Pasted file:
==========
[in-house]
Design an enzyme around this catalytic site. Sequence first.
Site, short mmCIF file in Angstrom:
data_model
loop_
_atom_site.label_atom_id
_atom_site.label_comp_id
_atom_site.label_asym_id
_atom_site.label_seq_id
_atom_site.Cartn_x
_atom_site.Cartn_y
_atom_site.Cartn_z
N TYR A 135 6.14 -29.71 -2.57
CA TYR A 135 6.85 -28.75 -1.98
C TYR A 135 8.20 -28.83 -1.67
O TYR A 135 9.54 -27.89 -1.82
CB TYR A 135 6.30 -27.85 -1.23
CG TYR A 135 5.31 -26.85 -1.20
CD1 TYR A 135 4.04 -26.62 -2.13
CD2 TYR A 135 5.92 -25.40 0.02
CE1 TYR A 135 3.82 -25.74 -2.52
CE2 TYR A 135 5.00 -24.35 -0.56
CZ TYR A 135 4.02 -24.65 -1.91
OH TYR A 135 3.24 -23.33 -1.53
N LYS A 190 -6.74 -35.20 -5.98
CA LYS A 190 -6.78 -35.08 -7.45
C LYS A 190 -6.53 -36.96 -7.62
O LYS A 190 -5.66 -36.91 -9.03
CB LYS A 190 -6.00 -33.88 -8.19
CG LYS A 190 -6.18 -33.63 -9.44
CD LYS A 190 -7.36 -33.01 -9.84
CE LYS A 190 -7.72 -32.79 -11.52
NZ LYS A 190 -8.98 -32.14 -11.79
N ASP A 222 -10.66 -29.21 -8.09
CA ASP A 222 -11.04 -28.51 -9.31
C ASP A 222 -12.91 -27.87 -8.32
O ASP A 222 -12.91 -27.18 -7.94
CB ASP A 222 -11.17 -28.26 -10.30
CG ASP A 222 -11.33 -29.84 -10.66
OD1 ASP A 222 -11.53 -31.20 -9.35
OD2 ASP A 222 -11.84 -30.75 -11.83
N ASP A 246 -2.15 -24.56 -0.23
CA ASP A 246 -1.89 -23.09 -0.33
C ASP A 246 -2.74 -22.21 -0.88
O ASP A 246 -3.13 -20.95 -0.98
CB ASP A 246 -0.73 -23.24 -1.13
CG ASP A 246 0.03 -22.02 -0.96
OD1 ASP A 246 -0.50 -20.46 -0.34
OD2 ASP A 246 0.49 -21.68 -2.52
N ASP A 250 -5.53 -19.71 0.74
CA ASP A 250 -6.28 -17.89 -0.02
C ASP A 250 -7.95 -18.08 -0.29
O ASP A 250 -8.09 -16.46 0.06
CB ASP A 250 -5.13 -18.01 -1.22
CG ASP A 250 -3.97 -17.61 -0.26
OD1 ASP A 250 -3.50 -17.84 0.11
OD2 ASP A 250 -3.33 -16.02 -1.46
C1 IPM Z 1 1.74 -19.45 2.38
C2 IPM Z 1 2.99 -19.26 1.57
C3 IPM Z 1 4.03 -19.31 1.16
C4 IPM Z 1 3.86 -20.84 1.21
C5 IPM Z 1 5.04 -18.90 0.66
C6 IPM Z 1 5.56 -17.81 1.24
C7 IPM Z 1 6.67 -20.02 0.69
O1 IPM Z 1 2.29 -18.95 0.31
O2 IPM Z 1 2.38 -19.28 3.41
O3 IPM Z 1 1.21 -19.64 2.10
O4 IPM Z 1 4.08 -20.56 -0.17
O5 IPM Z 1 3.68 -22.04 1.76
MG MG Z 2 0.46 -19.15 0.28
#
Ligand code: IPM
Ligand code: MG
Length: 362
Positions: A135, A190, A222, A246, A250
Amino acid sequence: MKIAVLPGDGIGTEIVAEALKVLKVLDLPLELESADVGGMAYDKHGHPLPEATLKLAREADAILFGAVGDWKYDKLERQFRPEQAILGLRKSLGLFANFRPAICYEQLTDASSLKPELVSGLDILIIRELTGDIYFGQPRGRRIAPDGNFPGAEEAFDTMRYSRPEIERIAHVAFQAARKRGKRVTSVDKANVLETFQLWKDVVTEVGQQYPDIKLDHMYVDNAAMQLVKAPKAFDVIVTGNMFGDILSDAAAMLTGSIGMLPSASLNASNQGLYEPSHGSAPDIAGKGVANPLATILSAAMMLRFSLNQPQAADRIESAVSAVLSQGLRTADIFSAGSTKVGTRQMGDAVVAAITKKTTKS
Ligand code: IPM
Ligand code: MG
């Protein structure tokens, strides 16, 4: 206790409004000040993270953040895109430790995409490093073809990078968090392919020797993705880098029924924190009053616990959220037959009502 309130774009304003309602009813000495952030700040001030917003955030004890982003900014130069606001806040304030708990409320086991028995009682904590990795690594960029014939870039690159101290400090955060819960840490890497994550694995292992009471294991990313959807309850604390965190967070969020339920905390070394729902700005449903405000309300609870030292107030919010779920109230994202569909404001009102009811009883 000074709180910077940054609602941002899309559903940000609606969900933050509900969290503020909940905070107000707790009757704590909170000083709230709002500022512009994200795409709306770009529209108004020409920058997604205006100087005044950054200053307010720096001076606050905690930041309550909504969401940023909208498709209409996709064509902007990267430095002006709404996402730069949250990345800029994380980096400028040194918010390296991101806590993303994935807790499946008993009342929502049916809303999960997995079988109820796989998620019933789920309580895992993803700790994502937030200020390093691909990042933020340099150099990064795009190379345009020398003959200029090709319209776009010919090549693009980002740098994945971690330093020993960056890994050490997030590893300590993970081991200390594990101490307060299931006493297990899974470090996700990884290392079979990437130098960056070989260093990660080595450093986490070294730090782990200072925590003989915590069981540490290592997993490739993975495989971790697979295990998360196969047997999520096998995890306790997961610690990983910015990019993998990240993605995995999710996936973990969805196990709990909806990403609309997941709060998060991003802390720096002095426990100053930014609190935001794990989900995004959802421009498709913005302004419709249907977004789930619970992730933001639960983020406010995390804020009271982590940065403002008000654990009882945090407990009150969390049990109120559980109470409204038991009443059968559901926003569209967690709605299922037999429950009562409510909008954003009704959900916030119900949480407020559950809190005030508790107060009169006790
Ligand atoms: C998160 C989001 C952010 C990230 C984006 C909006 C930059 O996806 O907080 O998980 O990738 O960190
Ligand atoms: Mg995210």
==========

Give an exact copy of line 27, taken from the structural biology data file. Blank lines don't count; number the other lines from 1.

C LYS A 190 -6.53 -36.96 -7.62